Word of mouth and the “eraser”

It has been said many times that the best form of advertising is word of mouth. We all know what that is. You do a job for one person and then they tell their friends about you and the friends hire you to do their job too.

This is a pretty simple concept on the surface. But there are all manner of subtleties involved. A lot can depend on the status of the original client within his or her social network. If the person is someone who others look to for guidance in the areas of design or home décor, their word may carry much more weight.

But the one thing that is carved in stone about word of mouth is that their can be no “erasers.” A verbal eraser is just like the one on the end of your pencil (assuming that you have not chewed it off!). You use it to erase lines you have drawn or words you have written. A verbal eraser erases words that have been spoken. Verbal erasers are words like but (the most common one), however, unfortunately, etc. There are also “eraser phrases” like “the thing is” or “there was just one thing” or “the only problem was”.

What happens is that the listener tends to forget everything that follows the eraser. Even if they don’t actually forget, whatever follows the eraser carries at least ten times the weight of whatever preceded it. So in order for word of mouth to really be effective, you have to make sure that you don’t leave your customers with any erasers. You don’t want them saying, “This guy was great and his work was the best we have ever seen. His price was not the lowest (still no eraser there) but the quality of the work was superb,” only to follow it with, “There was just one thing and that was that he didn’t get the job delivered on time,” or “Unfortunately, when we needed a follow up to replace a broken drawer glide he did not respond very quickly.”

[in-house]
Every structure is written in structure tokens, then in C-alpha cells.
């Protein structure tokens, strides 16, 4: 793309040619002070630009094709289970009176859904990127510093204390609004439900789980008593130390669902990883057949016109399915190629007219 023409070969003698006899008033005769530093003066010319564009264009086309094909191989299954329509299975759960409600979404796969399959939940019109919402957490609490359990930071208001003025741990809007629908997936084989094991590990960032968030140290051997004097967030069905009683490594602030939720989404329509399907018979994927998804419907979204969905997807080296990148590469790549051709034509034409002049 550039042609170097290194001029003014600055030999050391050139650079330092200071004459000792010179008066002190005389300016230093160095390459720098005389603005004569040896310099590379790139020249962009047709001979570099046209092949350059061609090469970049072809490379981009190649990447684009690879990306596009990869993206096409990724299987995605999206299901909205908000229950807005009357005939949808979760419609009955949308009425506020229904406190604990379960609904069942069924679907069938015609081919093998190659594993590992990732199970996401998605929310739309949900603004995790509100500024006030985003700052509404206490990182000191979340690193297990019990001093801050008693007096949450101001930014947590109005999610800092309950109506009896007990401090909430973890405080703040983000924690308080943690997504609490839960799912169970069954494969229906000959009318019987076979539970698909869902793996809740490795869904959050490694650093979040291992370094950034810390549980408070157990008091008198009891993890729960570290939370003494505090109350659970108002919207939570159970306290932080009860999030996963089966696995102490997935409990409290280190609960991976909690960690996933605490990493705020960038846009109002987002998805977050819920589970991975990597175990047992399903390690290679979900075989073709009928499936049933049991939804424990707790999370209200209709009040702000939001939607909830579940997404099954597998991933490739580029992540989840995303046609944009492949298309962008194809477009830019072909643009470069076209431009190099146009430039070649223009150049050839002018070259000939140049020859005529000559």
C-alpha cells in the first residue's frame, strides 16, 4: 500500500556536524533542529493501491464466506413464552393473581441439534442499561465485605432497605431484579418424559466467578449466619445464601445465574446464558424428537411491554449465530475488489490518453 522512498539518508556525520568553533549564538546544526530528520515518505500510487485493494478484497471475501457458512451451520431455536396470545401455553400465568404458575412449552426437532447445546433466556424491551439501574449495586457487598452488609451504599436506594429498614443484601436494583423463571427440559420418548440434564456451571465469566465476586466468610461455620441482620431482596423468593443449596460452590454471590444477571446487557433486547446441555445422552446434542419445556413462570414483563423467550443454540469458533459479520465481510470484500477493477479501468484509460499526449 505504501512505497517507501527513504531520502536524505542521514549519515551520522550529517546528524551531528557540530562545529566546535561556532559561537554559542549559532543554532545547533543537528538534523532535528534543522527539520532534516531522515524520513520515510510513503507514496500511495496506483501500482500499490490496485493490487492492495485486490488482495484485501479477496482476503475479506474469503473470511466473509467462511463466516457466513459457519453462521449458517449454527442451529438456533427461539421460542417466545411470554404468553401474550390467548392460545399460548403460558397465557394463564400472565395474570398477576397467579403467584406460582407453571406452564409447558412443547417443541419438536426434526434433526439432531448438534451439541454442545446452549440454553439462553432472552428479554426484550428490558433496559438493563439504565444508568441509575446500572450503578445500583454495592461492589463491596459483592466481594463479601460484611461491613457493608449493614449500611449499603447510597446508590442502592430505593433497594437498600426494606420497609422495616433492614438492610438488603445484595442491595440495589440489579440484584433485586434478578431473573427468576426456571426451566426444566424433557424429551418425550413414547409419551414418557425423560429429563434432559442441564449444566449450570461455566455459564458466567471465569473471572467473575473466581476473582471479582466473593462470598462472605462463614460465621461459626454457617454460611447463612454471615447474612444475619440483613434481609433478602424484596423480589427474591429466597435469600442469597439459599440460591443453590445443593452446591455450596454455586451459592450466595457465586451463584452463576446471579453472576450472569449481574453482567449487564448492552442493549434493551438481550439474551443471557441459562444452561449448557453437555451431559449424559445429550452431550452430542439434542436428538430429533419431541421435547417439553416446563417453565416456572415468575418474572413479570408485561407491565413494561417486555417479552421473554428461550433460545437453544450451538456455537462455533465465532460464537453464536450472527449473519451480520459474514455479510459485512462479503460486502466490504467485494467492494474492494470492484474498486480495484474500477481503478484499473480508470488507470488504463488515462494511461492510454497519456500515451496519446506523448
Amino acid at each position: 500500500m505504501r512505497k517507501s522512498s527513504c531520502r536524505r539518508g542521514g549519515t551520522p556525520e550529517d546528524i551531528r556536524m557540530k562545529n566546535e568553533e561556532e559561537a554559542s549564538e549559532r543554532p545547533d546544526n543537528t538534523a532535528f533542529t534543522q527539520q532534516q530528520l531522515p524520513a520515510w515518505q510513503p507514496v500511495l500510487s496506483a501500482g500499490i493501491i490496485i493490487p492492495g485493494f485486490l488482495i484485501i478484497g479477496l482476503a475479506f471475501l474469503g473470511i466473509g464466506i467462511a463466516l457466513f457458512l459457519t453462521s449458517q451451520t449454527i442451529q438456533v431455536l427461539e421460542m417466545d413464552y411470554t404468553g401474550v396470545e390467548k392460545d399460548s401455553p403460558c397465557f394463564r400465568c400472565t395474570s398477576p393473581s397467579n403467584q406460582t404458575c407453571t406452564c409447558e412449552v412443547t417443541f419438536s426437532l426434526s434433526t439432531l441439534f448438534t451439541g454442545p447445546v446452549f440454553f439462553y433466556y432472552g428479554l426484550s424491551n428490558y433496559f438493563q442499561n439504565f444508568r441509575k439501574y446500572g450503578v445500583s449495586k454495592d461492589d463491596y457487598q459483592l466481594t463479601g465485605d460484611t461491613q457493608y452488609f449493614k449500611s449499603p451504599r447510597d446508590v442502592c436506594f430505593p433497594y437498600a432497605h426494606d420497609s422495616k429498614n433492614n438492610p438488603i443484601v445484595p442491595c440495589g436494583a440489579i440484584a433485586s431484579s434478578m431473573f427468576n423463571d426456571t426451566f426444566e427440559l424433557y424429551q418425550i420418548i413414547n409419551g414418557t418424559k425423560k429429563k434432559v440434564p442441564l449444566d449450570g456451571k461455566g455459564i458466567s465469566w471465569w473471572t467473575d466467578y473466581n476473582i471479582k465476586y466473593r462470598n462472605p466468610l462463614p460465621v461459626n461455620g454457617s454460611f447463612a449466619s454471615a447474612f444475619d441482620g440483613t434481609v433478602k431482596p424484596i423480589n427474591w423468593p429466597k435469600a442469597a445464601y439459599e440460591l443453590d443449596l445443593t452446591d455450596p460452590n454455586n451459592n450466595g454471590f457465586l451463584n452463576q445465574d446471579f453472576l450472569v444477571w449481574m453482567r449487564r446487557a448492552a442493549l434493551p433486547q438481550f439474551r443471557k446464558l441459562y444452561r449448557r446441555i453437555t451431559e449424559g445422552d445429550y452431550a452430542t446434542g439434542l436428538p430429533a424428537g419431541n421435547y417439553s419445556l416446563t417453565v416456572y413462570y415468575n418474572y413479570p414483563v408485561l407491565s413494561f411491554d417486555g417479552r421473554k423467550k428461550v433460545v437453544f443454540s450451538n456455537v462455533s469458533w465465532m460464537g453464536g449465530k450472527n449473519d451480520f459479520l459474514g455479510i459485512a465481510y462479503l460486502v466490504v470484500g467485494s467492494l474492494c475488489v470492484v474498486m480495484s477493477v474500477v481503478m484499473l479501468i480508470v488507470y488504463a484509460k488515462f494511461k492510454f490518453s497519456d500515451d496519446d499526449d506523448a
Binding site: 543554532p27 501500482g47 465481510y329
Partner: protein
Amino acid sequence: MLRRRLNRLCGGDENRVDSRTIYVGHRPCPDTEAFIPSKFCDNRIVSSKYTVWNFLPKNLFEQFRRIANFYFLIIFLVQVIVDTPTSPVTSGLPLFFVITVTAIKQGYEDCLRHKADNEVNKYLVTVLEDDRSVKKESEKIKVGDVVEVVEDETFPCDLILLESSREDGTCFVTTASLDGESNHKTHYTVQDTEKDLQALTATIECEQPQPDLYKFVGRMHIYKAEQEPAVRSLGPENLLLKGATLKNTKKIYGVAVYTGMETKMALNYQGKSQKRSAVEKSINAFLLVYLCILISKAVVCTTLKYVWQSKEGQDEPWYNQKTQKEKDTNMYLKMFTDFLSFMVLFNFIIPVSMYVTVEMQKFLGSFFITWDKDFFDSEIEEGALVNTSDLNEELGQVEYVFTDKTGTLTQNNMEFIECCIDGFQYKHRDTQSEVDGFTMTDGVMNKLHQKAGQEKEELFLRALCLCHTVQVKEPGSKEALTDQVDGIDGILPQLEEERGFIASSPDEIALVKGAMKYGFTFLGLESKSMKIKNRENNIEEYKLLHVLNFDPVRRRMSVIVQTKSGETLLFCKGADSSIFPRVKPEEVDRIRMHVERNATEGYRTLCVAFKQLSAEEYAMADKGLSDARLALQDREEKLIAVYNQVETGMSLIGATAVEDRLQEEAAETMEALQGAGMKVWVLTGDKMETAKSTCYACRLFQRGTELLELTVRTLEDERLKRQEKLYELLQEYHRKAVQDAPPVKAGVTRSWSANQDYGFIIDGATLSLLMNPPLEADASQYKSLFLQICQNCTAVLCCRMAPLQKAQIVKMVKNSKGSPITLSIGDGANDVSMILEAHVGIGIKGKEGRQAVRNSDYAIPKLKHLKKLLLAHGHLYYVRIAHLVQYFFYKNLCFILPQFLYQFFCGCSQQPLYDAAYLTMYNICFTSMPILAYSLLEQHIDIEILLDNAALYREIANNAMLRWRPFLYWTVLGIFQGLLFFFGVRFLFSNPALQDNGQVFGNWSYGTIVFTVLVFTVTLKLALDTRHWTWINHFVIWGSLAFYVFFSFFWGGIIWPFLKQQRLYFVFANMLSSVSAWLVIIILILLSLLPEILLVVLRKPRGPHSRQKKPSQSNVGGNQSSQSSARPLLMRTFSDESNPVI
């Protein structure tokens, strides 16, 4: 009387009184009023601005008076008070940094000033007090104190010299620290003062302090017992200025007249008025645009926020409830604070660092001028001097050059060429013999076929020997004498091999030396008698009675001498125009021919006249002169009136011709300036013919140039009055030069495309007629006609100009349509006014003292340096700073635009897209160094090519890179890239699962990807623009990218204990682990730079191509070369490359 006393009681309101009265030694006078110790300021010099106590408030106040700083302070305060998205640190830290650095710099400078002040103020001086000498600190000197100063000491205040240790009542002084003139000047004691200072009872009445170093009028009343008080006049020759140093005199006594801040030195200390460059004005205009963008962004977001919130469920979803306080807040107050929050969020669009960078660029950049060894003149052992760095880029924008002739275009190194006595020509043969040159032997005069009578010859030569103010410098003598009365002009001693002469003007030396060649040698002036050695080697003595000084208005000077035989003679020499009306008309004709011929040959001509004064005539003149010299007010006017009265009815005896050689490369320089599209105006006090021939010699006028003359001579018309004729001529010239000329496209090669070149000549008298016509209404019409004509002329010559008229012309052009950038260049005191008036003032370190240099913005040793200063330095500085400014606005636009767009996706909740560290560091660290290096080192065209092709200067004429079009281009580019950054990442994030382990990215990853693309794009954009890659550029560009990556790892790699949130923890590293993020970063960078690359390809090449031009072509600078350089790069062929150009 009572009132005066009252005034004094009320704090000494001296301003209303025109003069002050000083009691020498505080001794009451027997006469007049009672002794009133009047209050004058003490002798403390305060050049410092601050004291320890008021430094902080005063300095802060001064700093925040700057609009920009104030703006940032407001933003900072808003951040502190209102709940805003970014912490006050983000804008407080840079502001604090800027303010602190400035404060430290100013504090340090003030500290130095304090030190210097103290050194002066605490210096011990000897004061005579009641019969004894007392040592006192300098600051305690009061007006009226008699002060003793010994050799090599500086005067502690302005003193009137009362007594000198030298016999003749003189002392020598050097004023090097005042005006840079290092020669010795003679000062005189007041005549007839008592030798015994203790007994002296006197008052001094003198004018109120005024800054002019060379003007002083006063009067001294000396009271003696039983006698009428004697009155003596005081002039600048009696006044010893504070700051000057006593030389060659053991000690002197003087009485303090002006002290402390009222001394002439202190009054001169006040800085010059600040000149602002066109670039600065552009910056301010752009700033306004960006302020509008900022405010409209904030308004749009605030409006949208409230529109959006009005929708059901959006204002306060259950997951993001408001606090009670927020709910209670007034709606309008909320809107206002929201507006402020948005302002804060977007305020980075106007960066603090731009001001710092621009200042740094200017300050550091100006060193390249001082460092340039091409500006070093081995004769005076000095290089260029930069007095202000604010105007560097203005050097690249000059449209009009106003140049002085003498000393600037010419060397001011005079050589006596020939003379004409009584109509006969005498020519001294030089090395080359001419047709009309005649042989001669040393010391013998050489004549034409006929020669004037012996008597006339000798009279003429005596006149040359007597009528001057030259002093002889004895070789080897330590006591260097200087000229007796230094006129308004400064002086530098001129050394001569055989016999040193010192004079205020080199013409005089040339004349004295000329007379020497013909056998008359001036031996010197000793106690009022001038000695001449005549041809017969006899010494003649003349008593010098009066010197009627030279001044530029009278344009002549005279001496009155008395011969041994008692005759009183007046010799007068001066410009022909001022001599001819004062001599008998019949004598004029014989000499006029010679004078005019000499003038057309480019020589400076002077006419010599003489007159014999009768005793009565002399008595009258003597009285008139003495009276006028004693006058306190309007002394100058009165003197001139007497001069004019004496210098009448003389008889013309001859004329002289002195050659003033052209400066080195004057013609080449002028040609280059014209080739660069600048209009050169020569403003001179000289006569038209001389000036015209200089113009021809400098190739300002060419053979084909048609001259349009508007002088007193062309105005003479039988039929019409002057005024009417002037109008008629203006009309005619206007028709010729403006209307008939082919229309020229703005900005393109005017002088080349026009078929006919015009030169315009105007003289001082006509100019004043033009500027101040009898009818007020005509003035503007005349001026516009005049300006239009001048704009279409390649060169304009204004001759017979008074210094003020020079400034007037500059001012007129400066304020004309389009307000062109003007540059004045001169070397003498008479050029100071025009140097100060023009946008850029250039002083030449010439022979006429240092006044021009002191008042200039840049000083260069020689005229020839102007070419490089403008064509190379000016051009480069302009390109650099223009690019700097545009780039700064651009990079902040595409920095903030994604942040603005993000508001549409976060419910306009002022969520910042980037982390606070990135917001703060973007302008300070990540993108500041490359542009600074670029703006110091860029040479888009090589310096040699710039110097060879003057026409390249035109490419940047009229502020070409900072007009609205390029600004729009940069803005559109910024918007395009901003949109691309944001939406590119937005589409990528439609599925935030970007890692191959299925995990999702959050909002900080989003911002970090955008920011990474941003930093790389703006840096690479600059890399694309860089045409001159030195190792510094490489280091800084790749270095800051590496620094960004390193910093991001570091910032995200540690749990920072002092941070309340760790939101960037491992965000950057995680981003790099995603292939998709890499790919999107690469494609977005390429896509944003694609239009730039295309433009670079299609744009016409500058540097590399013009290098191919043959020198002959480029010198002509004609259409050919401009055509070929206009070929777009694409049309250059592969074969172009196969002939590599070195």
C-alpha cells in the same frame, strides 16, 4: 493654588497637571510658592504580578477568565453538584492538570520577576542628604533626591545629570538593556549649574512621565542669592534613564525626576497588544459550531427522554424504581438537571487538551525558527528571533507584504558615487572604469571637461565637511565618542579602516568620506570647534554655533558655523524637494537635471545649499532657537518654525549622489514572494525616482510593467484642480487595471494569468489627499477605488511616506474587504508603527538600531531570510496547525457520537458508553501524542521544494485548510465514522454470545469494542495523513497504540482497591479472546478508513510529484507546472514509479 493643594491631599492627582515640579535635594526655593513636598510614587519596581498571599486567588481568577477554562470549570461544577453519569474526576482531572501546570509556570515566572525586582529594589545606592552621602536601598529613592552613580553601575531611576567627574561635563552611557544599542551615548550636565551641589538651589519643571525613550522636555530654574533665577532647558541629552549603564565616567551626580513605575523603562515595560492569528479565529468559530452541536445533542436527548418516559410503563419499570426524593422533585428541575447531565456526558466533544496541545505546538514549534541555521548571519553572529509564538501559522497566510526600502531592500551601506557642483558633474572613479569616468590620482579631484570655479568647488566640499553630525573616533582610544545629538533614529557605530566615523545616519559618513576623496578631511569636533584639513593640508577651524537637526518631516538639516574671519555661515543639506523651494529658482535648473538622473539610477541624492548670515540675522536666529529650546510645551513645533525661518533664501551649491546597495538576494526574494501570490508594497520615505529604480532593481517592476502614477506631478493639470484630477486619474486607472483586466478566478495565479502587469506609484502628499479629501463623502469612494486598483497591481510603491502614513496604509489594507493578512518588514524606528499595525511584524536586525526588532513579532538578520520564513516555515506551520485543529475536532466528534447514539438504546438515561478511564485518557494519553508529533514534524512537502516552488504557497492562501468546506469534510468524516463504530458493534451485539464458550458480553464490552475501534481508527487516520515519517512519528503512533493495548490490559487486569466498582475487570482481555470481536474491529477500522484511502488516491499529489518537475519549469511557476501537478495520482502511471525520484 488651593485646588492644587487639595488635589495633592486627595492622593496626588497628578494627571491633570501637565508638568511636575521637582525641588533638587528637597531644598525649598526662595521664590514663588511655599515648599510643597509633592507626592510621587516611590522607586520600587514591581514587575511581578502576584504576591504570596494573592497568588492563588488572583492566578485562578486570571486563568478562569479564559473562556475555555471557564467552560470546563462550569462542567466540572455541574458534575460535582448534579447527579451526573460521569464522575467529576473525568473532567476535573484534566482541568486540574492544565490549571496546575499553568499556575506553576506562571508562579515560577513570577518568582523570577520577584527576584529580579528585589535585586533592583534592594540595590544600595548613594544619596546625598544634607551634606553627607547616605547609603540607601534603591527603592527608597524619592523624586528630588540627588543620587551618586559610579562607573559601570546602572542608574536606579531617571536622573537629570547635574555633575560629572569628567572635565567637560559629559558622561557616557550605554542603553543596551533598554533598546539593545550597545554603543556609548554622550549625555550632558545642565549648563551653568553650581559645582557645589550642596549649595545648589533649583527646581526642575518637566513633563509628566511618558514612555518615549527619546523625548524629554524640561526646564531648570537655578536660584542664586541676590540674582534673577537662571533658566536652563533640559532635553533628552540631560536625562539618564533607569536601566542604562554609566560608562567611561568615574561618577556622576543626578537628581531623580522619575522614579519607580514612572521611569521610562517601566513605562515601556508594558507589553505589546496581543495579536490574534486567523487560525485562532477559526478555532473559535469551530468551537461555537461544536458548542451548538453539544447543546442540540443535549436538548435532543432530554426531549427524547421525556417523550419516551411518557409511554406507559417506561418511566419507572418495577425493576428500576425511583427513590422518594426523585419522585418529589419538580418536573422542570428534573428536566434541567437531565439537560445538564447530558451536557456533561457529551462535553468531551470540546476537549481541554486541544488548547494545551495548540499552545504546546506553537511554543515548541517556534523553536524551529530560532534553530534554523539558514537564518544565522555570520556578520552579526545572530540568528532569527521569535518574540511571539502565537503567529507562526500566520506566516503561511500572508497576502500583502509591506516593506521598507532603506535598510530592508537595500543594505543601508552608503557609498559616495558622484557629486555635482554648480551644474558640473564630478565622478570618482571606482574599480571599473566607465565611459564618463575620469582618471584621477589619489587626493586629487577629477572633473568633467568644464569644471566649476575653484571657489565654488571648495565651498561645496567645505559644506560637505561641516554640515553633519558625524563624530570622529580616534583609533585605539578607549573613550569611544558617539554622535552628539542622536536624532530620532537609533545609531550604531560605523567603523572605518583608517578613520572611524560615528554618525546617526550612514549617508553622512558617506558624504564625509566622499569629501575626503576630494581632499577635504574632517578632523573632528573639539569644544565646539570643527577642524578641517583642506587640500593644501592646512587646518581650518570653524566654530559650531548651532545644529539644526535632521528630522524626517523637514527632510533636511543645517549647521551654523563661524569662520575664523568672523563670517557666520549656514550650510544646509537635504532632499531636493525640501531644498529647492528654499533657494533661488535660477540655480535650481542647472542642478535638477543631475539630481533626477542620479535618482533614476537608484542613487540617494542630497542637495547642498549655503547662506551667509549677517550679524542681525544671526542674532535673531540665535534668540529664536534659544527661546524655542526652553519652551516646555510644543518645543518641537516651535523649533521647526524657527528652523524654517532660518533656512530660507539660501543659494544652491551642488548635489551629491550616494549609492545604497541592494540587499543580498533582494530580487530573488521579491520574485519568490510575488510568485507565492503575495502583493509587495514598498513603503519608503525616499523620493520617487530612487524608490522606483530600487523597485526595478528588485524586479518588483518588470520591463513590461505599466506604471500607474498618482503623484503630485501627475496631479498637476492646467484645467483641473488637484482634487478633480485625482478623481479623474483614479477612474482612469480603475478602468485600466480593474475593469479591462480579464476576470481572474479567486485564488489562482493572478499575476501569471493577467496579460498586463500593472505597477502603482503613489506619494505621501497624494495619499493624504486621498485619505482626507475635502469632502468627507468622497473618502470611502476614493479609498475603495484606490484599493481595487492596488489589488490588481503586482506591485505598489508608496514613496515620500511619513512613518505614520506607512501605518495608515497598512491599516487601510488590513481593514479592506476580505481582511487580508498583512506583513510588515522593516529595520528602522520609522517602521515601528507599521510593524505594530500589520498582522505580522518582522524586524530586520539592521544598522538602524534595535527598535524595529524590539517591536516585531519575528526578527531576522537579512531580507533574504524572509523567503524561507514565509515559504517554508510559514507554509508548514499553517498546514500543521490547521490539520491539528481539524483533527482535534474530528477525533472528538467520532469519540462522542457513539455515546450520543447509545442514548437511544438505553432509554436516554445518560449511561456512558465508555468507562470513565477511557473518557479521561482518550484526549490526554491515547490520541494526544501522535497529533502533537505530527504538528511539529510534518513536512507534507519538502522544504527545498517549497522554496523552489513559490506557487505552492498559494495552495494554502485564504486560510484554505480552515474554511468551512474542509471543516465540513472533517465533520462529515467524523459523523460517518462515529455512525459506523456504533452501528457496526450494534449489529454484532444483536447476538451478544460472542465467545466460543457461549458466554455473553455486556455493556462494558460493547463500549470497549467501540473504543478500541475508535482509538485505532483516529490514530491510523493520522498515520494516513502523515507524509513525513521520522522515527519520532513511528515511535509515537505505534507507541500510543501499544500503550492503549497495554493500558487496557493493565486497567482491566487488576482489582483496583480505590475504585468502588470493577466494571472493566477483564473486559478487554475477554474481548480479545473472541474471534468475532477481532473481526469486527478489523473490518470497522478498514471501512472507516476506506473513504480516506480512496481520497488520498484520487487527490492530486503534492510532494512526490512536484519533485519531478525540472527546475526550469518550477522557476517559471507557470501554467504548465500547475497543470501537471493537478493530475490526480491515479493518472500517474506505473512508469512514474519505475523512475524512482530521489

It really doesn’t matter how insignificant the issue that follows the eraser is. It will still work as an eraser. So if you are going to depend on word of mouth advertising, you have to make absolutely sure that you don’t leave the customer with any reason to use an eraser when telling their friends about you.

D.D.

COMMENTS

  1. Pat Gilbert wrote:

    Excellent point especially about some customers having more influence than others.

  2. Douglas wrote:

    Very true!!! And like some word erasers not all the word gets erased and can stay there for a very loooong time.

  3. R Bagnall wrote:

    Well said! I would also point out that where 20 years ago an average customer might effect a few others good or bad, today every customer has a megaphone that reaches around the globe!

    Make sure that you respond effectively to their word of mouth. People will be very forgiving of honest mistakes. They will bury you if they feel they have been given the run around or ignored.

    RW

  4. Mark DeCou wrote:

    I agree, BUT the internet has changed everything.

    I used to be able to talk to someone in person, visit their house, and get to know who they were before bidding, or deciding to accept a commission, and most of the time, they were friends of past customers, and they had some type of good introduction to my work by word-of-mouth. I could look at their current style taste, what they valued, and what they didn’t value in home furnishings.

    In these “interviews” there were some folks that just didn’t seem like they would “work out” with me, and I would decline the project, saving the hours of figuring up the costs and typing up a proposal.

    Years ago I read an article about not doing remodeling work for Engineers or Lawyers. That was an enlightening article, and alerted me to the fact that people are different in how well they will fit with my work and work style.

    BUT, nowadays, I ship nearly everything out to the East and West Coast, and I often don’t know anything about the customer, other than their email address, shipping address and Paypal account name. It’s a lot tougher to read the situation and decide which of the opportunities are best to pursue, and which ones I should “pass” on.

    BUT, without a doubt, a few key strokes on the internet can crush years of cultivating a great reputation, so I work online as hard, or harder, than I did before the internet.

    I always enjoy reading your blog every time, please keep pouring out your thoughts for us.

  5. BigStick wrote:

    we drove to NY city for a show and diner. great time. “But” I got a parking ticket. What was the conversation all the way back to Pa.

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